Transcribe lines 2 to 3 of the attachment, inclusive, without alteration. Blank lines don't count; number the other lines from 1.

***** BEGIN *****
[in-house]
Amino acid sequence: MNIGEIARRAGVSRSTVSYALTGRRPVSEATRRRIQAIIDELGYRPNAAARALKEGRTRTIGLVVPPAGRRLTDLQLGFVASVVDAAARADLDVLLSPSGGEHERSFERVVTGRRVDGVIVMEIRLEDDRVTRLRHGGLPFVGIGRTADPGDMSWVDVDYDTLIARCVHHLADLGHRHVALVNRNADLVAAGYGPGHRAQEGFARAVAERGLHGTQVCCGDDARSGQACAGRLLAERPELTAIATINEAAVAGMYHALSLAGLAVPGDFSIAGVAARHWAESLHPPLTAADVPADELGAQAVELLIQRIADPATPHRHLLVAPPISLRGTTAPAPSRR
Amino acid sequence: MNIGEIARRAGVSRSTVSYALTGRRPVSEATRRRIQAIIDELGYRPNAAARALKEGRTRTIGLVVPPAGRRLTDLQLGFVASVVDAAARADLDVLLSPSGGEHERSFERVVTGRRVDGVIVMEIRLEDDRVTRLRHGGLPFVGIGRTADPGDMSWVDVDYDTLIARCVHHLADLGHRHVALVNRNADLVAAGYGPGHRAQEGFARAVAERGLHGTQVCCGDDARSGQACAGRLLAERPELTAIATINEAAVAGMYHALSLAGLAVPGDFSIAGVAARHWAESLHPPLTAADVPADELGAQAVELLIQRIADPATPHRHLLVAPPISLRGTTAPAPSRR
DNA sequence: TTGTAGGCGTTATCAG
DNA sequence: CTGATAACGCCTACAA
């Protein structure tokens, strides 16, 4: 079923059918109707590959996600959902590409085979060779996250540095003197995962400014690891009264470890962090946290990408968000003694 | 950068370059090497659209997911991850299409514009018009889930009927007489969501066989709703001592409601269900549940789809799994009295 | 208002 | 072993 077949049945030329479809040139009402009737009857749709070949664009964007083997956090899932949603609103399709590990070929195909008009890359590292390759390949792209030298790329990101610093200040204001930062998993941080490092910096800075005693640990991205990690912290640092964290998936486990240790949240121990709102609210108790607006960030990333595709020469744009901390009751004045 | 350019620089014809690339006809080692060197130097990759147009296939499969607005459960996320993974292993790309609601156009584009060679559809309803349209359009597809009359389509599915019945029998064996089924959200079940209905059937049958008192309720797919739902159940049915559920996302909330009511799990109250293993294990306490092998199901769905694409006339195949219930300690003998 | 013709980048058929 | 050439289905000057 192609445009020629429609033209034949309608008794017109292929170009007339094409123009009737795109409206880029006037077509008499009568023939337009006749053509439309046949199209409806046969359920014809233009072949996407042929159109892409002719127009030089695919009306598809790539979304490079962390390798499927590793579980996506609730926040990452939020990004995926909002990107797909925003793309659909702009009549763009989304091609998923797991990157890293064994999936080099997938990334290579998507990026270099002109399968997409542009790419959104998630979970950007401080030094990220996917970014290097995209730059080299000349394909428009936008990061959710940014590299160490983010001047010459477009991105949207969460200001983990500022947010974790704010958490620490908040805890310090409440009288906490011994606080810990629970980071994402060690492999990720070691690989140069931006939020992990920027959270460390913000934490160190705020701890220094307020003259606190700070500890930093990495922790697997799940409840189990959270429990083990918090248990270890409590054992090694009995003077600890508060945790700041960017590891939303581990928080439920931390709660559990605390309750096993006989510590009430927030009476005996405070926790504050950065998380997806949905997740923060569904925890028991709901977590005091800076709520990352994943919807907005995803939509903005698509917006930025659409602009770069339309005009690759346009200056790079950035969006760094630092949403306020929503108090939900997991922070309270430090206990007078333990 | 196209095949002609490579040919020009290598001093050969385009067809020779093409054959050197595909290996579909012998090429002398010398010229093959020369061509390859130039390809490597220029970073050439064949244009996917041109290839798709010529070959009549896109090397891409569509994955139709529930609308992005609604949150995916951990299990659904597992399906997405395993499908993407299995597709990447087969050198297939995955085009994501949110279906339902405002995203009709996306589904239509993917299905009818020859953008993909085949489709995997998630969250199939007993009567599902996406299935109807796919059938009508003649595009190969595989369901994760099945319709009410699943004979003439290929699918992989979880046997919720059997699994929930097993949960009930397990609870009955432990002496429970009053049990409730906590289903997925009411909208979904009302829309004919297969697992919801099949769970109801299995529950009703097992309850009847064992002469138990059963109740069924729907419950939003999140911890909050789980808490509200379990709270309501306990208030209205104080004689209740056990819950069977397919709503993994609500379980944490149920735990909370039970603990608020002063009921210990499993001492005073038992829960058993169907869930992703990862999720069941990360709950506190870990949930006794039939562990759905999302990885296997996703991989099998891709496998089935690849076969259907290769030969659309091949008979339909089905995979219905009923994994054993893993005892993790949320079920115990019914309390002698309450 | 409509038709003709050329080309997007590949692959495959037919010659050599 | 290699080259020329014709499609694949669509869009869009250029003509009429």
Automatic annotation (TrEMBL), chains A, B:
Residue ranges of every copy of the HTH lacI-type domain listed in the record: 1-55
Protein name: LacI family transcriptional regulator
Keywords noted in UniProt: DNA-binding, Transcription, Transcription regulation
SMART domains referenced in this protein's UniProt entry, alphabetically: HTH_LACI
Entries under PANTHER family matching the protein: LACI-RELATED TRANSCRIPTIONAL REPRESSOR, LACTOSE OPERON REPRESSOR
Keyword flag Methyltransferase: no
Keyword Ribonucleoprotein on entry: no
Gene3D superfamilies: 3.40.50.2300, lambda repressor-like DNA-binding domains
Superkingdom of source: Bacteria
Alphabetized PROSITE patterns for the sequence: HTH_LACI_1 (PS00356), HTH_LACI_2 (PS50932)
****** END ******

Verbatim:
Amino acid sequence: MNIGEIARRAGVSRSTVSYALTGRRPVSEATRRRIQAIIDELGYRPNAAARALKEGRTRTIGLVVPPAGRRLTDLQLGFVASVVDAAARADLDVLLSPSGGEHERSFERVVTGRRVDGVIVMEIRLEDDRVTRLRHGGLPFVGIGRTADPGDMSWVDVDYDTLIARCVHHLADLGHRHVALVNRNADLVAAGYGPGHRAQEGFARAVAERGLHGTQVCCGDDARSGQACAGRLLAERPELTAIATINEAAVAGMYHALSLAGLAVPGDFSIAGVAARHWAESLHPPLTAADVPADELGAQAVELLIQRIADPATPHRHLLVAPPISLRGTTAPAPSRR
Amino acid sequence: MNIGEIARRAGVSRSTVSYALTGRRPVSEATRRRIQAIIDELGYRPNAAARALKEGRTRTIGLVVPPAGRRLTDLQLGFVASVVDAAARADLDVLLSPSGGEHERSFERVVTGRRVDGVIVMEIRLEDDRVTRLRHGGLPFVGIGRTADPGDMSWVDVDYDTLIARCVHHLADLGHRHVALVNRNADLVAAGYGPGHRAQEGFARAVAERGLHGTQVCCGDDARSGQACAGRLLAERPELTAIATINEAAVAGMYHALSLAGLAVPGDFSIAGVAARHWAESLHPPLTAADVPADELGAQAVELLIQRIADPATPHRHLLVAPPISLRGTTAPAPSRR